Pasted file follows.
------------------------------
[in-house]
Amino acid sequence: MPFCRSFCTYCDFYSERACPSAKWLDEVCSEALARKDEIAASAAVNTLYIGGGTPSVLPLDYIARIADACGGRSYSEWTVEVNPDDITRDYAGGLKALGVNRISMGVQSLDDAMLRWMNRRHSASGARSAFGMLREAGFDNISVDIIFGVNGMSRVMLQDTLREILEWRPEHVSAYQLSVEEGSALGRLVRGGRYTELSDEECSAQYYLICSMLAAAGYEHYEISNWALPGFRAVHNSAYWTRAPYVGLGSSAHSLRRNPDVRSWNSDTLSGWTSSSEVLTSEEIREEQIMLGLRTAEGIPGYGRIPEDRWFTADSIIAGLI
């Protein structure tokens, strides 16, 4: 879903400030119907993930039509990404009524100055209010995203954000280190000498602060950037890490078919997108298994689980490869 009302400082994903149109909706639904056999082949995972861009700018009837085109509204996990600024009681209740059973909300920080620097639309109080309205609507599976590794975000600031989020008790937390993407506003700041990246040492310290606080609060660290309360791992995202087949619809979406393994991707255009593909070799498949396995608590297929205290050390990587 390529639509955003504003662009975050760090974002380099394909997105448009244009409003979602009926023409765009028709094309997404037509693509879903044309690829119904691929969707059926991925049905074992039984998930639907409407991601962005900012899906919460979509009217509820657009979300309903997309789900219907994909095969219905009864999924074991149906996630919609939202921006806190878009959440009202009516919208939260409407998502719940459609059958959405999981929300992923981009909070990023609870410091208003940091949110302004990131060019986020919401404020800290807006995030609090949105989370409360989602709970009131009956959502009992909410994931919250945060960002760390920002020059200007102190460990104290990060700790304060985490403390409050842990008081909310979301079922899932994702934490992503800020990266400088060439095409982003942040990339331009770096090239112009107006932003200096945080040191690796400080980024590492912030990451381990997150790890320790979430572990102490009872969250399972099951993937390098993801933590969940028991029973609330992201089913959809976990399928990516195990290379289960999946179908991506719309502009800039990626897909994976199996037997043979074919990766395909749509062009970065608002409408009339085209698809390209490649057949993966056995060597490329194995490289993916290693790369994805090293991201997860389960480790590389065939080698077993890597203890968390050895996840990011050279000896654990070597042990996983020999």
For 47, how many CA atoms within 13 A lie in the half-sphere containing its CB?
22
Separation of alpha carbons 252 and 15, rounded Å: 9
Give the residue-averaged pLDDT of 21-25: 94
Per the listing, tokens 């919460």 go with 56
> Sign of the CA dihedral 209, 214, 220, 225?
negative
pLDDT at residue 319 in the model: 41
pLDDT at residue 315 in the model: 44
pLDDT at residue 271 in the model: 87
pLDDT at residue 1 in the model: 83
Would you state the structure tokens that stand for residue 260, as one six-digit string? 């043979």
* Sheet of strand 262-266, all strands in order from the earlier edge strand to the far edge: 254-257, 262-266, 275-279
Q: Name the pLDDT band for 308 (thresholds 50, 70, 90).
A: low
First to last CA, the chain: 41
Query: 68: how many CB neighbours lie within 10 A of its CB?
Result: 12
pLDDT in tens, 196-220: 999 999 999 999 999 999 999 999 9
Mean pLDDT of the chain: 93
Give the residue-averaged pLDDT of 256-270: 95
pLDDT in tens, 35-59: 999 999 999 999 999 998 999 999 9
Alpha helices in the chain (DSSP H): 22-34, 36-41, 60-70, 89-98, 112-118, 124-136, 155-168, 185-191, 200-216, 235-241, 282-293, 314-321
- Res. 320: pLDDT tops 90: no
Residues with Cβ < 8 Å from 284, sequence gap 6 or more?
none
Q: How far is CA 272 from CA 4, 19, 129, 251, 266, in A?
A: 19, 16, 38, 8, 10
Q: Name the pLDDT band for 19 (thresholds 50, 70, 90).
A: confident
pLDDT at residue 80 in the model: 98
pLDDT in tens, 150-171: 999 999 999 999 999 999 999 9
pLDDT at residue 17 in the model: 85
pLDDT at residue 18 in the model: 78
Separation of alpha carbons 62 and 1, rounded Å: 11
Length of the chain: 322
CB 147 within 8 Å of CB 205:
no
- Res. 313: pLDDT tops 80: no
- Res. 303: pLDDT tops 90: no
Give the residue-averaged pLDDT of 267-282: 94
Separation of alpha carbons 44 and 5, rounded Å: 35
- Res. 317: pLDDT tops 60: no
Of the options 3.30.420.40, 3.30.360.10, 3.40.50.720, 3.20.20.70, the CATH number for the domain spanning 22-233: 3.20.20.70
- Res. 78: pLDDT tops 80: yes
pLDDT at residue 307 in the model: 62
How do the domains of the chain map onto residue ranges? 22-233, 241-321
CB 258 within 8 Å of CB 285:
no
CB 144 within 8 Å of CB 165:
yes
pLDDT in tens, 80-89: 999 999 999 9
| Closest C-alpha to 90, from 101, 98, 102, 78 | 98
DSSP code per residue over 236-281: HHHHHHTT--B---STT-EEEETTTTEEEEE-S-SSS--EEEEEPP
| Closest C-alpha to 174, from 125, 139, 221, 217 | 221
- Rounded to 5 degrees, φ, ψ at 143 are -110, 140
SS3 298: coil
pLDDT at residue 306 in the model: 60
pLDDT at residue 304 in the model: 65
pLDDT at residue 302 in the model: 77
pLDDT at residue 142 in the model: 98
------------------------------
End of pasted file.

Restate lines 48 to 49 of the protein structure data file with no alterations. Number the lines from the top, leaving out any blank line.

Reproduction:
- Res. 78: pLDDT tops 80: yes
pLDDT at residue 307 in the model: 62